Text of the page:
For instance, anti-smoking ads by Ancento Advertising ran on Fox TV's American Idol slot. In any case, anecdotally, many Hispanic-majority-owned shops say they are doing well. Of the seven firms contacted by HispanicBusiness Magazine for this story, all but one said revenues are up from last year, with the lone exception saying revenues were fl at. At least four of the seven say they employ more people this year than last.
The Hispanic segment of the advertising industry is also uniquely independent. AHAA's Kinnier said while 80 percent of the general-market agencies are subsidiaries of four global giants - WPP Group, Omnicom, Interpublic Group (IPG) and Publicis - 80 percent of the association's approximately 100 firms are independently owned. Many of these firms are well equipped to understand the nuances of a market that is not only growing, but changing.
"The challenges are that, in many businesses, the people who are the major decision makers, still do not recognize the complexity of the population," said Dr. Federico Subervi, director of the new Center for the Study of Latino Media and Markets, formed in 2008, at Texas State University. "But there is value in that complexity."
The diversity of the Hispanic population could be underscored with next year's U.S. Census. Experts expect that the Hispanic share of the population will officially grow to 15 percent up from 12.5 percent in 2000.
Girard of AHAA said a few companies such as JC Penny, AT&T and American Airlines have long been keen to the benefits of Hispanic marketing. But many more companies are only now coming to that conclusion.
They include The Girl Scouts, which this year created an account with Grupo Gallegos of Long Beach, and Snapple, which left Cliff Freeman and Partners in 2008 and contracted its Hispanic-outreach account to Houston's Lopez Negrete Communications. (Its overall campaign went to Deutsch Inc.) Hispanic advertising professionals say the industry is changing in many ways at a breakneck pace. Decades ago, the main mission of many Hispanic-owned firms was to reach out to their audiences in Spanish.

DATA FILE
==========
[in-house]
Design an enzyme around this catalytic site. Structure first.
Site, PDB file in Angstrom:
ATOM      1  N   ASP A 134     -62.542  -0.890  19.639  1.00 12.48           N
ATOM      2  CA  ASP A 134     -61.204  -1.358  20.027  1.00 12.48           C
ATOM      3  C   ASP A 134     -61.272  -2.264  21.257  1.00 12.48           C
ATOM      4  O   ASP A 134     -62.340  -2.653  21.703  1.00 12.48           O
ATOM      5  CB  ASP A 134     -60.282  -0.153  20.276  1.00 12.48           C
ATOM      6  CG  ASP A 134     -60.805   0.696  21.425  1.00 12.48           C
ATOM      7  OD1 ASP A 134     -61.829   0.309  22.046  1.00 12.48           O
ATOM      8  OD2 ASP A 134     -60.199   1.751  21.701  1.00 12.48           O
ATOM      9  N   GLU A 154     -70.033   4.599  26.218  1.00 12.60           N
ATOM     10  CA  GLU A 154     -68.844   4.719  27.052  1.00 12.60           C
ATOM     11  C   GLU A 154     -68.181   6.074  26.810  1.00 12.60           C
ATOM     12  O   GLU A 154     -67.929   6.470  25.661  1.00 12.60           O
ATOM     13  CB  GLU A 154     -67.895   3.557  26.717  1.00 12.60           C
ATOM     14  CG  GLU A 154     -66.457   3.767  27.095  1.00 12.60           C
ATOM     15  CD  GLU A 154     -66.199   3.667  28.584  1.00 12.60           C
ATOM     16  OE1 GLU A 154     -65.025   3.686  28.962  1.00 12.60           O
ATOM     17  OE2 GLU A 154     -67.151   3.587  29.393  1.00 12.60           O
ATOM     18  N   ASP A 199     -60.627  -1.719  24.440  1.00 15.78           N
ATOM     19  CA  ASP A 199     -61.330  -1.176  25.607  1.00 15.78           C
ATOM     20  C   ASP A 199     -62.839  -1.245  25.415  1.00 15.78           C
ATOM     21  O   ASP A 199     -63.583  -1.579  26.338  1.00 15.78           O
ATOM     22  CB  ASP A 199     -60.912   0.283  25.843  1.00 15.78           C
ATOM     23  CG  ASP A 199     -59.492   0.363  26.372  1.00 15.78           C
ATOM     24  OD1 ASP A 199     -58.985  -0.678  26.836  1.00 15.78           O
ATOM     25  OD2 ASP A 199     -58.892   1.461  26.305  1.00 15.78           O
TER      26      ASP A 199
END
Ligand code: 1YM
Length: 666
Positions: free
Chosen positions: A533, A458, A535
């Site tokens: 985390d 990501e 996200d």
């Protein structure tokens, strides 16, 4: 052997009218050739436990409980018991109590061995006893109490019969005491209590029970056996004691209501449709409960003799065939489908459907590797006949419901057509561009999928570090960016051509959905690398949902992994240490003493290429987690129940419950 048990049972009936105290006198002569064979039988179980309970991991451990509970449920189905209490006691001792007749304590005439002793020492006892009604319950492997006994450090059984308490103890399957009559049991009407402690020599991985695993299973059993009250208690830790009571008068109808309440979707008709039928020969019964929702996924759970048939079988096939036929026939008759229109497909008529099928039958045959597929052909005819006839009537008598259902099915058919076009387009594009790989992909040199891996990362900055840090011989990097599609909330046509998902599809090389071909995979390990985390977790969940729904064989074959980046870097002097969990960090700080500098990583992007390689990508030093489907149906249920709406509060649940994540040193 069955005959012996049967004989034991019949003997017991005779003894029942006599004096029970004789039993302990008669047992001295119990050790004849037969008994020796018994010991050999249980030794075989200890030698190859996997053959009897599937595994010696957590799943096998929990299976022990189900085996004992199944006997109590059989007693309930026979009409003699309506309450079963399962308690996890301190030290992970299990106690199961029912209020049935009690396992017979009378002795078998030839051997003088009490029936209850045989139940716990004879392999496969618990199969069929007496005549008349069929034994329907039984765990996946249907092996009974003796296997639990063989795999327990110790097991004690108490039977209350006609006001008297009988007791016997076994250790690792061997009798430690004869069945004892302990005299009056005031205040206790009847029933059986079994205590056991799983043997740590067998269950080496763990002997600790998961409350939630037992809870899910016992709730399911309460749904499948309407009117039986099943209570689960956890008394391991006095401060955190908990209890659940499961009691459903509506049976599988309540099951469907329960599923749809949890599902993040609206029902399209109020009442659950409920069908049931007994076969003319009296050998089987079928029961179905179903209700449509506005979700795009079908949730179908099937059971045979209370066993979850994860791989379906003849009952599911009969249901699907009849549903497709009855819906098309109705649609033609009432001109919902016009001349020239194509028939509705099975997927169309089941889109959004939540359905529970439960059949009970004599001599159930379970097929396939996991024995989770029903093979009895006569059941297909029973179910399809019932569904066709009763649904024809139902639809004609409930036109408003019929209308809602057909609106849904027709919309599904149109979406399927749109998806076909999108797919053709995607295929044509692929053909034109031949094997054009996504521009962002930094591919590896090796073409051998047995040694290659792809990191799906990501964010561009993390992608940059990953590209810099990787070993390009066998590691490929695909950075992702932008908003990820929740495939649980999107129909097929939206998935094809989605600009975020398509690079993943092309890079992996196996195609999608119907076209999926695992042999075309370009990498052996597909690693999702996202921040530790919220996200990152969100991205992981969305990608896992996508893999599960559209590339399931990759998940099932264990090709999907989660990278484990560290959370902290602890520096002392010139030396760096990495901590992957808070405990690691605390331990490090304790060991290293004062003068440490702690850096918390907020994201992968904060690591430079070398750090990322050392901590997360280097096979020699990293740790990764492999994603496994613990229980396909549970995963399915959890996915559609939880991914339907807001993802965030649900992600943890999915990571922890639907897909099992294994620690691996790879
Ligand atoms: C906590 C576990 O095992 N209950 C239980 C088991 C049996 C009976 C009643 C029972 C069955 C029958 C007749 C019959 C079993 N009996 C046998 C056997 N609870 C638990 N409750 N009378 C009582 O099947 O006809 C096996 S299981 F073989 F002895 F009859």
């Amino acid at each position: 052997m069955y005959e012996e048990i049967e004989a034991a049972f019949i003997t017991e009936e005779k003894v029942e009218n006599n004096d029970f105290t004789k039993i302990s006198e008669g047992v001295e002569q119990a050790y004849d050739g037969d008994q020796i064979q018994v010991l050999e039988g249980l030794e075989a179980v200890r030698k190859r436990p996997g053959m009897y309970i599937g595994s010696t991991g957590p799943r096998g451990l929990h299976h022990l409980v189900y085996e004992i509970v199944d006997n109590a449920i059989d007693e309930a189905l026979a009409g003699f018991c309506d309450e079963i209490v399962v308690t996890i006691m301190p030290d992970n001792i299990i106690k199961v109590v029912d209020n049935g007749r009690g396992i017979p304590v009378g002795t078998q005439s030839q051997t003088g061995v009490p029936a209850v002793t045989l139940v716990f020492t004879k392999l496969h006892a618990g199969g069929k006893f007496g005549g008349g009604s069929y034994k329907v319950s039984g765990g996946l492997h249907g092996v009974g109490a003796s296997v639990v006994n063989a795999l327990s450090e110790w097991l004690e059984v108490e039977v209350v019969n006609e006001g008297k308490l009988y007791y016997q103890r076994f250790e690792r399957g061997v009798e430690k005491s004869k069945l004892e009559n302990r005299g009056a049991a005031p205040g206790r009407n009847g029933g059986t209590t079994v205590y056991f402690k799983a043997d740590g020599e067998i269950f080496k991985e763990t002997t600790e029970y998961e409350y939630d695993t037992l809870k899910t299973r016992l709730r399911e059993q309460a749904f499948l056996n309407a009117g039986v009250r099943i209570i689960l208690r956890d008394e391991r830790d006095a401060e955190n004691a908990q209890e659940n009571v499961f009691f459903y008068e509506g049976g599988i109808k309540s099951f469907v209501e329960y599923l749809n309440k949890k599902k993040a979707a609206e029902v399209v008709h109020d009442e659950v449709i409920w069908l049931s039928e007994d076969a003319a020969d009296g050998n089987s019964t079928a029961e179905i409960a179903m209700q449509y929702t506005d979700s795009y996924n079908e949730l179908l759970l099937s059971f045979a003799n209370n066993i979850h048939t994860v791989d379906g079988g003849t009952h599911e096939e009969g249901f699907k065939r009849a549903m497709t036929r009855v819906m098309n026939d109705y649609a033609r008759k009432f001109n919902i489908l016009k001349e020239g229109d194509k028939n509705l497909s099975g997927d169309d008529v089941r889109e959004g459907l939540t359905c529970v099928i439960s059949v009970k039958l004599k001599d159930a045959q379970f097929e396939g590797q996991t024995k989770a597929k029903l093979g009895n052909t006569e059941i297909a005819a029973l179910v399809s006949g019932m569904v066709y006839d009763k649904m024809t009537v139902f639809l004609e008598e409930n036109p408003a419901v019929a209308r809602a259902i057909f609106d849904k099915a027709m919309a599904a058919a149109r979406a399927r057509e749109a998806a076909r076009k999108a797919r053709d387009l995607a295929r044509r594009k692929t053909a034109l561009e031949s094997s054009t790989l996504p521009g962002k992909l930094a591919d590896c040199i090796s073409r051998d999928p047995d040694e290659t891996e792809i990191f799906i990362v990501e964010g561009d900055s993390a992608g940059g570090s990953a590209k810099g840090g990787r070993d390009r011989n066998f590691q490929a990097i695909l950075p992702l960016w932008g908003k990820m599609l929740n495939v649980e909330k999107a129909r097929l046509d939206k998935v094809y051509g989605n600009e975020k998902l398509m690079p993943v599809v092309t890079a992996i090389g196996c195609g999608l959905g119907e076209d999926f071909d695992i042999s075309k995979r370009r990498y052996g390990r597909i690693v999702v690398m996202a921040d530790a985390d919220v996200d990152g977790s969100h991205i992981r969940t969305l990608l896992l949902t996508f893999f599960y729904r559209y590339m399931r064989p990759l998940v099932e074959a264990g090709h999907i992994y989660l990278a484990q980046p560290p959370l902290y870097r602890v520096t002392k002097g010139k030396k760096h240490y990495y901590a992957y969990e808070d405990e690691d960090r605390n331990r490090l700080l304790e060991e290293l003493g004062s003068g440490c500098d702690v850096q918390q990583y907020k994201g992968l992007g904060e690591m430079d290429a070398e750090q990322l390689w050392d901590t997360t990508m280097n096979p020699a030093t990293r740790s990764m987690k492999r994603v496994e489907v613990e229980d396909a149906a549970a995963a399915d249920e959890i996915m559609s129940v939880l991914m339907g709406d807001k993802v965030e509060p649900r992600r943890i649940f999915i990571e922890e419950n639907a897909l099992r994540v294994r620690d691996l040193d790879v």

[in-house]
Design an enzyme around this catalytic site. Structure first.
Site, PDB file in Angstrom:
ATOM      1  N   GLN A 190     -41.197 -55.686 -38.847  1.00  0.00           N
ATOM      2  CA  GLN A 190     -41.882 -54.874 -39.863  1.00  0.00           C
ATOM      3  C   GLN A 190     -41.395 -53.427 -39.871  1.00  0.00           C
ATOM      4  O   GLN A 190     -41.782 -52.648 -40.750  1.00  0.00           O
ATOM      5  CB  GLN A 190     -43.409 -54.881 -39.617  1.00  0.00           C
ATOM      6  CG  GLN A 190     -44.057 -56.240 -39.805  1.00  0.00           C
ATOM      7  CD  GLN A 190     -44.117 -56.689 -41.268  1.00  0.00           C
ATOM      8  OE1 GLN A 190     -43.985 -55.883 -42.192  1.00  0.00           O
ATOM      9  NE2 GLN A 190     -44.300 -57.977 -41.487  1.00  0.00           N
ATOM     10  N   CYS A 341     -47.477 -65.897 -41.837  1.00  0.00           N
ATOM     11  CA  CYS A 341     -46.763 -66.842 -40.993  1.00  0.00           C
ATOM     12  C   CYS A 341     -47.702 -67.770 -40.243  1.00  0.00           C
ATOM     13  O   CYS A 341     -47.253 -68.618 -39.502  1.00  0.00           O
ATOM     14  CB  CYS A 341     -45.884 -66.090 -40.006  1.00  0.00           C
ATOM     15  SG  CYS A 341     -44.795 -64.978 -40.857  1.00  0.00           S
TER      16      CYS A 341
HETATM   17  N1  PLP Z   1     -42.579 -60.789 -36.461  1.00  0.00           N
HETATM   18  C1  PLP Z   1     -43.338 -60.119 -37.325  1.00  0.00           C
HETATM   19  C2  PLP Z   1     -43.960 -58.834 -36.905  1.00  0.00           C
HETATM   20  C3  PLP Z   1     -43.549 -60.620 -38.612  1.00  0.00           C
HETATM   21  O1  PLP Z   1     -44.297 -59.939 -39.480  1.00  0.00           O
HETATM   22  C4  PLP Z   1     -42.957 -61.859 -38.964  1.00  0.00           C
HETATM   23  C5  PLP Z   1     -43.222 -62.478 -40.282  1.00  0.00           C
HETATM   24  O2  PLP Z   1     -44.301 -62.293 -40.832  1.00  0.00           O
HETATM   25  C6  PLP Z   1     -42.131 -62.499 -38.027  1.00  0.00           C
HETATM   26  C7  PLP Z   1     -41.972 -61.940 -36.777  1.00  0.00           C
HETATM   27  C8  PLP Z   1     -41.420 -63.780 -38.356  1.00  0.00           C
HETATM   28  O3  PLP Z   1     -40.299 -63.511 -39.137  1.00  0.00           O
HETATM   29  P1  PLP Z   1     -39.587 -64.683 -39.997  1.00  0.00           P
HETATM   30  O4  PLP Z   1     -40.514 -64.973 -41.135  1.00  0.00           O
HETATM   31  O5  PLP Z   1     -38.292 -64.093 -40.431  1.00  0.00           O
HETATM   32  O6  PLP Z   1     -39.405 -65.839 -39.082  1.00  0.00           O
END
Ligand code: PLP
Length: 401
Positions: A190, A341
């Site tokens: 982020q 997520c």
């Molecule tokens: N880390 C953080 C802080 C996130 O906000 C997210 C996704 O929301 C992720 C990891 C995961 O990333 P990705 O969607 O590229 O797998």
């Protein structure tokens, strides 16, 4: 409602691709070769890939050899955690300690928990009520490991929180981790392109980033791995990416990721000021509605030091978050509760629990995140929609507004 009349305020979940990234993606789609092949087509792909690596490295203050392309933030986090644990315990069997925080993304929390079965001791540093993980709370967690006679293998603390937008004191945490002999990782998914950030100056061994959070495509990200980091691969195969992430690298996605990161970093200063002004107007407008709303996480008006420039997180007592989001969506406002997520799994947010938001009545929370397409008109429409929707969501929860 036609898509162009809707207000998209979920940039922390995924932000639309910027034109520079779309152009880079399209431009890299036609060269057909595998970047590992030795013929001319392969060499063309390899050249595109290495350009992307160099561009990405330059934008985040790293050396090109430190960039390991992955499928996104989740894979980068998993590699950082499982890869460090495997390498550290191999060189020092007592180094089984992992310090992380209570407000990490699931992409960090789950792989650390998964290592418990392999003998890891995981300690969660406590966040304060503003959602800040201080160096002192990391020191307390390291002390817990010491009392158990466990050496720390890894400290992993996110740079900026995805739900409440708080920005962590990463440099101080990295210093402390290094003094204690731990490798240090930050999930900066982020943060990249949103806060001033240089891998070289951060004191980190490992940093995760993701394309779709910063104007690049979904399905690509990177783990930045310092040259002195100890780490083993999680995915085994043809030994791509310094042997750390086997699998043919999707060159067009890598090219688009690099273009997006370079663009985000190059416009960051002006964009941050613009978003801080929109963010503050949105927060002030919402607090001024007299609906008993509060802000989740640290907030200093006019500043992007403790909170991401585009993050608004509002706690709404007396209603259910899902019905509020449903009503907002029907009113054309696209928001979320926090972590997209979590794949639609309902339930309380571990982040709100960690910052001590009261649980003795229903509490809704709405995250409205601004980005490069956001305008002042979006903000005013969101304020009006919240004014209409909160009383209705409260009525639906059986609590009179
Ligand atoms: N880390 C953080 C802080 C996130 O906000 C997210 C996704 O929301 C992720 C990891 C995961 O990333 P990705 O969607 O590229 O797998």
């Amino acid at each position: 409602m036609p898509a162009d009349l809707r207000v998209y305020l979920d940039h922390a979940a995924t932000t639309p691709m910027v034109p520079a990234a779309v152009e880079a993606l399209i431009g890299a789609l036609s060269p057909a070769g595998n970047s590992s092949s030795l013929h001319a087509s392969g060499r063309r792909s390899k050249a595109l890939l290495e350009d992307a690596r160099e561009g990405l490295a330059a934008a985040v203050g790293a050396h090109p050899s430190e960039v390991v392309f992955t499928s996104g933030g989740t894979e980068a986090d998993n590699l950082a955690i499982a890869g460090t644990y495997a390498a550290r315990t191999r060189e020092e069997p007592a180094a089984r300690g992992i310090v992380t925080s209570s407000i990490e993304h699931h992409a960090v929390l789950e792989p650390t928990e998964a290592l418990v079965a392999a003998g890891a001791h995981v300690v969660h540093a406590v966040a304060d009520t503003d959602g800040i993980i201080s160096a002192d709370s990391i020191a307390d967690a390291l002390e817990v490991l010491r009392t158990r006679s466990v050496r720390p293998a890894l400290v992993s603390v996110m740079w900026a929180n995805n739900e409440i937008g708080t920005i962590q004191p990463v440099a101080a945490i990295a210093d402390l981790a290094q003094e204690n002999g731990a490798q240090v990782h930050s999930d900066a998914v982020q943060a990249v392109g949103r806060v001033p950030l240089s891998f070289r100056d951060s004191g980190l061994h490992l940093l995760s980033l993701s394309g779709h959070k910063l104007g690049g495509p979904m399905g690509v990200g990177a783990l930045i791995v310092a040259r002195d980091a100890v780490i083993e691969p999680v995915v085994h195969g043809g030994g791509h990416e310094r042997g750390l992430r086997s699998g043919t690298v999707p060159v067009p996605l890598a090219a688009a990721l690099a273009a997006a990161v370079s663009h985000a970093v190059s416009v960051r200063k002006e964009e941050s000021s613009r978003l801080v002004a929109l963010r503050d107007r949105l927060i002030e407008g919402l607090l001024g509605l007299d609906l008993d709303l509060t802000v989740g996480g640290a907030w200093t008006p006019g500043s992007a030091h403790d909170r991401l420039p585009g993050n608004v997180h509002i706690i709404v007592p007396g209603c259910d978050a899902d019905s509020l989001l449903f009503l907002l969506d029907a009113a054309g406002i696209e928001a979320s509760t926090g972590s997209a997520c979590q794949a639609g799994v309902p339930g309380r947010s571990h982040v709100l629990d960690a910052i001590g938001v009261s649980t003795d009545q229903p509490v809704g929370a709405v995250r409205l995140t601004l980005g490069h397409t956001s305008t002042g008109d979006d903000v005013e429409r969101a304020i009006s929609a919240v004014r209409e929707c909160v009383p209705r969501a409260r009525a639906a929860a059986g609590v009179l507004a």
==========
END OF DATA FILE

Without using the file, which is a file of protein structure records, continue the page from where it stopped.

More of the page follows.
Buzzword is 'Bicultural'
But much of the growth in the market has been fueled by Hispanics born in the United States. The industry buzzword is no longer "Spanish" or even "bi-lingual," but "bi-cultural."
"At many U.S. school districts such as Houston and L.A. the student populations are 50 percent Latino," said Alex Lopez Negrete, president and CEO of Lopez Negrete Communications. "Guess what: they are bilingual and they are bi-cultural." Some of Lopez Negrete's ads for Wal-Mart reflect this new bi-cultural mindset.
One ad opens with a Hispanic woman talking to the camera in English about how much money she saves at Wal-Mart. Then the camera pans out so the viewer sees her husband, who's white. Of course, the digital revolution has been another major game-changer for Hispanic-owned and general-market firms alike.
"In the '80s, to reach the entire population, you'd buy three networks and you'd have the whole nation," said George San Jose, President and COO of The San Jose Group in Chicago, whose revenues are up 11 percent this year.
"Cable systems now bring you a whole Hispanic tier," San Jose continued. "Then you begin to add social media like Facebook cell phones, and marketing with electronic billboards. To sum it up, where we once used three vehicles, we now need to use 20 to effectively reach that customer."
The digital explosion has been a particularly fortuitous phenomenon for the Hispanic-owned firms, which enjoy the benefits of an audience that is not only growing, but young. What's more, studies show that young Hispanics in particular tend to be enthusiastic adopters of new technology.
Reflecting this reality, the digital unit at Lopez Negrete has grown in a year and a half from just two employees to 16.
Agencies now are also in the business of creating Web sites that are both visually appealing and highly interactive.
The San Jose Group, for instance, put together a Web site for the state of Illinois encouraging Hispanics from around the country to visit the state. Called disfrutaillinois.com, the state-of-the-art site features a Hispanic family whose characters move fluidly about as if on video, and talk to the viewer directly when touched by the computer mouse. The site also creates individualized travel packages for clients based on their answers to a multitude of questions. During the site's debut year, San Jose said, Web traffic has increased 2.5 percent. Much of the 21st Century-style advertising involves an entirely new concept: Getting customers to come to the ads, instead of vice versa.
For instance, Anita Santiago Advertising has a campaign with IKEA in which it places electronic billboards near the U.S. border for people driving into San Diego from Tijuana. The billboards inform the motorists of ongoing sales, and provide them a number they can text with their cellphones if they want more information.
"I think, in a general sense, that the Hispanic marketplace is becoming more and more critical to clients," Exposito-Ulla said. "We are the new American agency. We're not out to be the classical or traditional Hispanic agency, because the marketplace has changed."
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